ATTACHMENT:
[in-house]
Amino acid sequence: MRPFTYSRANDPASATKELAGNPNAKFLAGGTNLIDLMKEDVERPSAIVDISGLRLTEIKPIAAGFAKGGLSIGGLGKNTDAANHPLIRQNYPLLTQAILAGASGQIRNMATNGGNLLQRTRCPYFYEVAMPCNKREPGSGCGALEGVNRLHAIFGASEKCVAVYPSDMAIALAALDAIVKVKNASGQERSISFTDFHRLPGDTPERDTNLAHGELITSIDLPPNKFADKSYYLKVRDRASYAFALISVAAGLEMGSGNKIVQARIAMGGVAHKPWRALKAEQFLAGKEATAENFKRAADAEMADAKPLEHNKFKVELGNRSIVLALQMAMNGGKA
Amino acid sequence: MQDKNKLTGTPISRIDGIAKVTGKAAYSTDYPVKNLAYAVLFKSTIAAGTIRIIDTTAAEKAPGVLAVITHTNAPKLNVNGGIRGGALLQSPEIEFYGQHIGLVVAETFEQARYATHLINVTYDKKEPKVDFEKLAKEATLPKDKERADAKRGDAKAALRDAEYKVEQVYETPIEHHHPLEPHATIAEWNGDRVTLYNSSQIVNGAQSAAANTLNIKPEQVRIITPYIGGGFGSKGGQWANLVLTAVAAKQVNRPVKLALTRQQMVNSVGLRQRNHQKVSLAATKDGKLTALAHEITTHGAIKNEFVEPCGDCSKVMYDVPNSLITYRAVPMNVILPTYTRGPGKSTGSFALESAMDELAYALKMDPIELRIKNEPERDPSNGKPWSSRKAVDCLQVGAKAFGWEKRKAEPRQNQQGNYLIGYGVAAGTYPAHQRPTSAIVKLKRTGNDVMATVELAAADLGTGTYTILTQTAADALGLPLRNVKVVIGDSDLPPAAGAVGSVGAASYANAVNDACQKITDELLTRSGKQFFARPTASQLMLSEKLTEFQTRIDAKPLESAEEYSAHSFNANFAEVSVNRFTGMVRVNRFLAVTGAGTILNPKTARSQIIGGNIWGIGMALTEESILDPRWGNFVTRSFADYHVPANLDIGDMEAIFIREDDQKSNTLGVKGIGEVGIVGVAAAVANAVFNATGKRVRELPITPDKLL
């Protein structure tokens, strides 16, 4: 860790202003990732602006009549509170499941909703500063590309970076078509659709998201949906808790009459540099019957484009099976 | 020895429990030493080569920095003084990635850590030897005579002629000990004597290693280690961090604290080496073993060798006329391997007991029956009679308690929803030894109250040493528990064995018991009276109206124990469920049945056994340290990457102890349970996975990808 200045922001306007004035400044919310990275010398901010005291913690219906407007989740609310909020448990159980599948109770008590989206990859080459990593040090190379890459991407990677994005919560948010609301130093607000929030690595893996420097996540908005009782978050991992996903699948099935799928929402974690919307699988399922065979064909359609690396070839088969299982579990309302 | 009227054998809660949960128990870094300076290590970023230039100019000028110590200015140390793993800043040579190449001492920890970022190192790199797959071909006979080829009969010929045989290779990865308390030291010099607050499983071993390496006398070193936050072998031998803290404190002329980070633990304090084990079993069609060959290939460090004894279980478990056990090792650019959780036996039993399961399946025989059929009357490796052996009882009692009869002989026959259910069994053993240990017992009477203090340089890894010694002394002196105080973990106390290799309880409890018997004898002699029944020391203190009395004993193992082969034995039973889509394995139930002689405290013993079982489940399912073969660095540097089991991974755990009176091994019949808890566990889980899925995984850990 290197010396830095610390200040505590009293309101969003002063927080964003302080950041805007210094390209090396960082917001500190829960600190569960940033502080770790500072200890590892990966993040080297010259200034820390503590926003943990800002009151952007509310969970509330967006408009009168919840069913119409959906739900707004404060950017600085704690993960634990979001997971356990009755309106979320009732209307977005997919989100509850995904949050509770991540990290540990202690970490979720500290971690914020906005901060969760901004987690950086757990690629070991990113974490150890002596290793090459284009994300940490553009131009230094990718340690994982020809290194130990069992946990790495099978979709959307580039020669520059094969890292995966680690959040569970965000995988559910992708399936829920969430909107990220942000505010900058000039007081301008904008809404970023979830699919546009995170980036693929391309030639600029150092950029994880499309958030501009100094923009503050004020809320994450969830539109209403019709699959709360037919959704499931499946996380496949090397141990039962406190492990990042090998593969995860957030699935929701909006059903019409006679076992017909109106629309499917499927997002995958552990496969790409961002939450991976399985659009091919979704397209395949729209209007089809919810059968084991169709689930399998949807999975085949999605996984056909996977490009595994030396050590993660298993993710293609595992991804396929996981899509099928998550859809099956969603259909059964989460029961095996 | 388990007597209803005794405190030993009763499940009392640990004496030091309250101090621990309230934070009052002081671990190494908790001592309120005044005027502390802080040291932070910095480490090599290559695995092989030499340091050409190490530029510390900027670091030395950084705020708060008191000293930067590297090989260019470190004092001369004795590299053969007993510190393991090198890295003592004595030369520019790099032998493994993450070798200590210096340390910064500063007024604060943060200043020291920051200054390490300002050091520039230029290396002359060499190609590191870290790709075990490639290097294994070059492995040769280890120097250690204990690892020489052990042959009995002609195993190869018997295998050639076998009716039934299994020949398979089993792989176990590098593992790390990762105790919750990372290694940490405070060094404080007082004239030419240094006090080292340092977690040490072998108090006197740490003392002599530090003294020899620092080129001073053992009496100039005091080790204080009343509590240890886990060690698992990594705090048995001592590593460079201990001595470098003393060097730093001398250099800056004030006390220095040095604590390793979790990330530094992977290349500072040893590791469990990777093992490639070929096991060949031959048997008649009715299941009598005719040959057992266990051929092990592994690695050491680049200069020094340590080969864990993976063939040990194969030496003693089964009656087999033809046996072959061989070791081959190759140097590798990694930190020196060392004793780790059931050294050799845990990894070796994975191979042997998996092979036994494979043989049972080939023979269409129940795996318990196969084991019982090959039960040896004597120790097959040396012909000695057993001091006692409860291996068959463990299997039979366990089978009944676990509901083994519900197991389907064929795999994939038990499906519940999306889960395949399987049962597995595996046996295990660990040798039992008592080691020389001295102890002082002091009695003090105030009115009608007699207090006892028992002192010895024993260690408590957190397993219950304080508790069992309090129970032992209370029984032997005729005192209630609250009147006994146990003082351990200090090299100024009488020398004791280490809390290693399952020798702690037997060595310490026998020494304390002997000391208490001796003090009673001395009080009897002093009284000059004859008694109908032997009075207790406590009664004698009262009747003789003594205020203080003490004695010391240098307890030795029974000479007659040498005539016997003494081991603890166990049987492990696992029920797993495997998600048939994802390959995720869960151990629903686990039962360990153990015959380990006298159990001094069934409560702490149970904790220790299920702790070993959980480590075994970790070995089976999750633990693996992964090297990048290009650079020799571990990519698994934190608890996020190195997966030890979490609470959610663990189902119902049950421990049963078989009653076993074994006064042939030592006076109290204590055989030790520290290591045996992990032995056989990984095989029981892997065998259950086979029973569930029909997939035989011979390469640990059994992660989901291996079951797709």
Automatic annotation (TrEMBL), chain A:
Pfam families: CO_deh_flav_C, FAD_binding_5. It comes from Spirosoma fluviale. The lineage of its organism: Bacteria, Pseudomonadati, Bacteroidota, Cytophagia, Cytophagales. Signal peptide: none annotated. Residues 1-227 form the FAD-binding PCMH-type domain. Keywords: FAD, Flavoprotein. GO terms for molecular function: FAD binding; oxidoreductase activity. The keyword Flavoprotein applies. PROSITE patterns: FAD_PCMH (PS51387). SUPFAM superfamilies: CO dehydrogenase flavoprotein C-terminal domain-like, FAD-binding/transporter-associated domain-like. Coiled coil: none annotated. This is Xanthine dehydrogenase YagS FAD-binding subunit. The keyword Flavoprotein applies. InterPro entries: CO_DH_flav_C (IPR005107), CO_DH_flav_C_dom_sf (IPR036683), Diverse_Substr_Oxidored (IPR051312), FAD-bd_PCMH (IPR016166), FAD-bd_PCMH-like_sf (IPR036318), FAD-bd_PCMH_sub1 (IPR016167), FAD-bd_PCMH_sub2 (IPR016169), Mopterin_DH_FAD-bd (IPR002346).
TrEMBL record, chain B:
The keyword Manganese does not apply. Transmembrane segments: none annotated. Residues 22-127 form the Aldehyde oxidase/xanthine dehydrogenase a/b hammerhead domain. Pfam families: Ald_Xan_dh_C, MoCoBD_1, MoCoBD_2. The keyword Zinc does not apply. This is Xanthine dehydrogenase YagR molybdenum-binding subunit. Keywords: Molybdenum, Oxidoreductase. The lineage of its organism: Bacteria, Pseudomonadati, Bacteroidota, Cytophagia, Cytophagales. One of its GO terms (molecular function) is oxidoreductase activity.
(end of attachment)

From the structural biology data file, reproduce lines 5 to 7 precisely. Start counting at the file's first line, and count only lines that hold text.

Automatic annotation (TrEMBL), chain A:
Pfam families: CO_deh_flav_C, FAD_binding_5. It comes from Spirosoma fluviale. The lineage of its organism: Bacteria, Pseudomonadati, Bacteroidota, Cytophagia, Cytophagales. Signal peptide: none annotated. Residues 1-227 form the FAD-binding PCMH-type domain. Keywords: FAD, Flavoprotein. GO terms for molecular function: FAD binding; oxidoreductase activity. The keyword Flavoprotein applies. PROSITE patterns: FAD_PCMH (PS51387). SUPFAM superfamilies: CO dehydrogenase flavoprotein C-terminal domain-like, FAD-binding/transporter-associated domain-like. Coiled coil: none annotated. This is Xanthine dehydrogenase YagS FAD-binding subunit. The keyword Flavoprotein applies. InterPro entries: CO_DH_flav_C (IPR005107), CO_DH_flav_C_dom_sf (IPR036683), Diverse_Substr_Oxidored (IPR051312), FAD-bd_PCMH (IPR016166), FAD-bd_PCMH-like_sf (IPR036318), FAD-bd_PCMH_sub1 (IPR016167), FAD-bd_PCMH_sub2 (IPR016169), Mopterin_DH_FAD-bd (IPR002346).
TrEMBL record, chain B: